Dancer, healer, musician Devi Mambouka shares the trippy "Sundown Forest", which takes listeners deep into the subconscious and onto a healing path.


Alright Alright's "Don't Worry" Is an Ode for Unity in Troubling Times (premiere)

Alright Alright's "Don't Worry" is a gentle, prayerful tune that depicts the heart of their upcoming album, Crucible.


'What a Fantastic Death Abyss': David Bowie's 'Outside' at 25

David Bowie's Outside signaled the end of him as a slick pop star and his reintroduction as a ragged-edged arty agitator.


Dream Folk's Wolf & Moon Awaken the Senses with "Eyes Closed" (premiere)

Berlin's Wolf & Moon are an indie folk duo with a dream pop streak. "Eyes Closed" highlights this aspect as the act create a deep sense of atmosphere and mood with the most minimal of tools.


Ranking the Seasons of 'The Wire'

Years after its conclusion, The Wire continues to top best-of-TV lists. With each season's unique story arc, each viewer is likely to have favorites.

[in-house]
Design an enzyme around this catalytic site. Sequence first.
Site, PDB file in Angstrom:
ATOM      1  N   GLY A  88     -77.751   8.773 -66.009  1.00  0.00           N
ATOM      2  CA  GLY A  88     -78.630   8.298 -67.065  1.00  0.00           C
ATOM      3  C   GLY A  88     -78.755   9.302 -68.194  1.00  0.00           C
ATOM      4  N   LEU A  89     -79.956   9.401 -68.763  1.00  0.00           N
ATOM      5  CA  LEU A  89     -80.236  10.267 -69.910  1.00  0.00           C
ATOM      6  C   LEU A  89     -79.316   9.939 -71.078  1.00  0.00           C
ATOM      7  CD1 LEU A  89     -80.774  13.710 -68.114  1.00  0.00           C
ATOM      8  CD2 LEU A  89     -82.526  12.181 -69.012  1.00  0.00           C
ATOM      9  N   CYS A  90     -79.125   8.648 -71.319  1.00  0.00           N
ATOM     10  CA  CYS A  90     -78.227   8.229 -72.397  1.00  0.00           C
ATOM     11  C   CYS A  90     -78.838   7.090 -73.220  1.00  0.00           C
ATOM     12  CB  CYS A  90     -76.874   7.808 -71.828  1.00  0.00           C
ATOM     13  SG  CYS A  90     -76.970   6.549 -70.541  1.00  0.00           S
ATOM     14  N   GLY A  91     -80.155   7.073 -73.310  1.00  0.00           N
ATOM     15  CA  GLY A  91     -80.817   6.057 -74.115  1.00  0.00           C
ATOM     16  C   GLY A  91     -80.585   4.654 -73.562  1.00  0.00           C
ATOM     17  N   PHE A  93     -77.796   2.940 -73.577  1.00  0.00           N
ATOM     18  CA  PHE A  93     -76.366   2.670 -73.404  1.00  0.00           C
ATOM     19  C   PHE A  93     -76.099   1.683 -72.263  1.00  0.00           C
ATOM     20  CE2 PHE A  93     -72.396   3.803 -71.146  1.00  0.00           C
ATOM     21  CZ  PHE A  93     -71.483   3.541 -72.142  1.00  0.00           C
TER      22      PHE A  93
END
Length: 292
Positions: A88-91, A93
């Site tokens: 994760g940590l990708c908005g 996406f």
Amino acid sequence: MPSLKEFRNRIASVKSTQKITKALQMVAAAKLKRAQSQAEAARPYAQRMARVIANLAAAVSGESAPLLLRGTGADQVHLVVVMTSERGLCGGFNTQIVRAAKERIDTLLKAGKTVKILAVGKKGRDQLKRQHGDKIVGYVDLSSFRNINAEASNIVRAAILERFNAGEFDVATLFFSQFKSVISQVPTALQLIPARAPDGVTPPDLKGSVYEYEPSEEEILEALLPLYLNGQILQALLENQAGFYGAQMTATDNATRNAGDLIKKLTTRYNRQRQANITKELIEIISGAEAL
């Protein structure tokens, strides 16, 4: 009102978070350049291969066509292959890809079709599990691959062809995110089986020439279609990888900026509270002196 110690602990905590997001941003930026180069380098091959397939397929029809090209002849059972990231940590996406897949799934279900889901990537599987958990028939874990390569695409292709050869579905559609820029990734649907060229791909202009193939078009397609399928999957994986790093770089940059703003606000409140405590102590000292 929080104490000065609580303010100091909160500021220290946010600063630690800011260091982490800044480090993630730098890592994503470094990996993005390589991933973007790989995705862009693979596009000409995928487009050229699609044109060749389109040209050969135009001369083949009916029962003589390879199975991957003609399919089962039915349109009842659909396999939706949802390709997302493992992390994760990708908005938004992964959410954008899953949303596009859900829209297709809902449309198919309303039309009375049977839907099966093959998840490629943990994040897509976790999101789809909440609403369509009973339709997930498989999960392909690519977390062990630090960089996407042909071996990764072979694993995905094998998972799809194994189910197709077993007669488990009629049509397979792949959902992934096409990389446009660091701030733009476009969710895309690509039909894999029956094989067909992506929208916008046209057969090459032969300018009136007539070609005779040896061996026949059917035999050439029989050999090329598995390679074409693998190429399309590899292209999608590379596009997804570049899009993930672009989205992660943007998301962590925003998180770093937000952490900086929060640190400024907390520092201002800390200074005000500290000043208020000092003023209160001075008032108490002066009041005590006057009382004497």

Paul Reni's Silent Film 'The Man Who Laughs' Is Serious Cinema

There's so much tragedy present, so many skullduggeries afoot, and so many cruel and vindictive characters in attendance that a sad and heartbreaking ending seems to be an obvious given in Paul Reni's silent film, The Man Who Laughs.


The Grahams Tell Their Daughter "Don't Give Your Heart Away" (premiere)

The Grahams' sweet-sounding "Don't Give Your Heart Away" is rooted in struggle, inspired by the couples' complicated journey leading up to their daughter's birth.

Collapse Expand Reviews

Collapse Expand Features

PM Picks
Collapse Expand Pm Picks

© 1999-2020 All rights reserved.
PopMatters is wholly independent, women-owned and operated.